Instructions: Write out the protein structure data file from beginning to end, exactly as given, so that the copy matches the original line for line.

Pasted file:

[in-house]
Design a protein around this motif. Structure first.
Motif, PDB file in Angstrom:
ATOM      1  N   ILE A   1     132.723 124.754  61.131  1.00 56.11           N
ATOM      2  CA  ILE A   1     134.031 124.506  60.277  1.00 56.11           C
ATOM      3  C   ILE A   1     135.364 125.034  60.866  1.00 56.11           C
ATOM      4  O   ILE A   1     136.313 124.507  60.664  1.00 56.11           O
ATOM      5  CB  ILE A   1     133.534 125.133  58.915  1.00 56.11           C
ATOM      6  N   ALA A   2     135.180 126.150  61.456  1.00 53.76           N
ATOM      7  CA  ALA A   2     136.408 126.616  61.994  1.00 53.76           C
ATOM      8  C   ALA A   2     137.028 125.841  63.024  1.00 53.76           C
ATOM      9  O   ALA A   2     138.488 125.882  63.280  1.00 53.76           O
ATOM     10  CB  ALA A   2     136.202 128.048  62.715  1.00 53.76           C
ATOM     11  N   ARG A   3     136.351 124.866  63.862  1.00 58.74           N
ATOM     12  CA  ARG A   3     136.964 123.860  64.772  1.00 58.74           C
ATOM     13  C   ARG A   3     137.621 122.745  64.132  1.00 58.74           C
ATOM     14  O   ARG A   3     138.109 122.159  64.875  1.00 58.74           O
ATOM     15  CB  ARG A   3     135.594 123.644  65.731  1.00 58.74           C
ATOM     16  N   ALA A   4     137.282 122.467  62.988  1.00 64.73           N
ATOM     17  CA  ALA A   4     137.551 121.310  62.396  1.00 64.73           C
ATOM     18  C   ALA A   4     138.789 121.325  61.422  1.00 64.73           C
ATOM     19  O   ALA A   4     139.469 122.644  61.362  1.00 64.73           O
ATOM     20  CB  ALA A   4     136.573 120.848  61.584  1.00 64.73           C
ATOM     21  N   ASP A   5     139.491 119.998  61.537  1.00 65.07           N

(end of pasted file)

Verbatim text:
[in-house]
Design a protein around this motif. Structure first.
Motif, PDB file in Angstrom:
ATOM      1  N   ILE A   1     132.723 124.754  61.131  1.00 56.11           N
ATOM      2  CA  ILE A   1     134.031 124.506  60.277  1.00 56.11           C
ATOM      3  C   ILE A   1     135.364 125.034  60.866  1.00 56.11           C
ATOM      4  O   ILE A   1     136.313 124.507  60.664  1.00 56.11           O
ATOM      5  CB  ILE A   1     133.534 125.133  58.915  1.00 56.11           C
ATOM      6  N   ALA A   2     135.180 126.150  61.456  1.00 53.76           N
ATOM      7  CA  ALA A   2     136.408 126.616  61.994  1.00 53.76           C
ATOM      8  C   ALA A   2     137.028 125.841  63.024  1.00 53.76           C
ATOM      9  O   ALA A   2     138.488 125.882  63.280  1.00 53.76           O
ATOM     10  CB  ALA A   2     136.202 128.048  62.715  1.00 53.76           C
ATOM     11  N   ARG A   3     136.351 124.866  63.862  1.00 58.74           N
ATOM     12  CA  ARG A   3     136.964 123.860  64.772  1.00 58.74           C
ATOM     13  C   ARG A   3     137.621 122.745  64.132  1.00 58.74           C
ATOM     14  O   ARG A   3     138.109 122.159  64.875  1.00 58.74           O
ATOM     15  CB  ARG A   3     135.594 123.644  65.731  1.00 58.74           C
ATOM     16  N   ALA A   4     137.282 122.467  62.988  1.00 64.73           N
ATOM     17  CA  ALA A   4     137.551 121.310  62.396  1.00 64.73           C
ATOM     18  C   ALA A   4     138.789 121.325  61.422  1.00 64.73           C
ATOM     19  O   ALA A   4     139.469 122.644  61.362  1.00 64.73           O
ATOM     20  CB  ALA A   4     136.573 120.848  61.584  1.00 64.73           C
ATOM     21  N   ASP A   5     139.491 119.998  61.537  1.00 65.07           N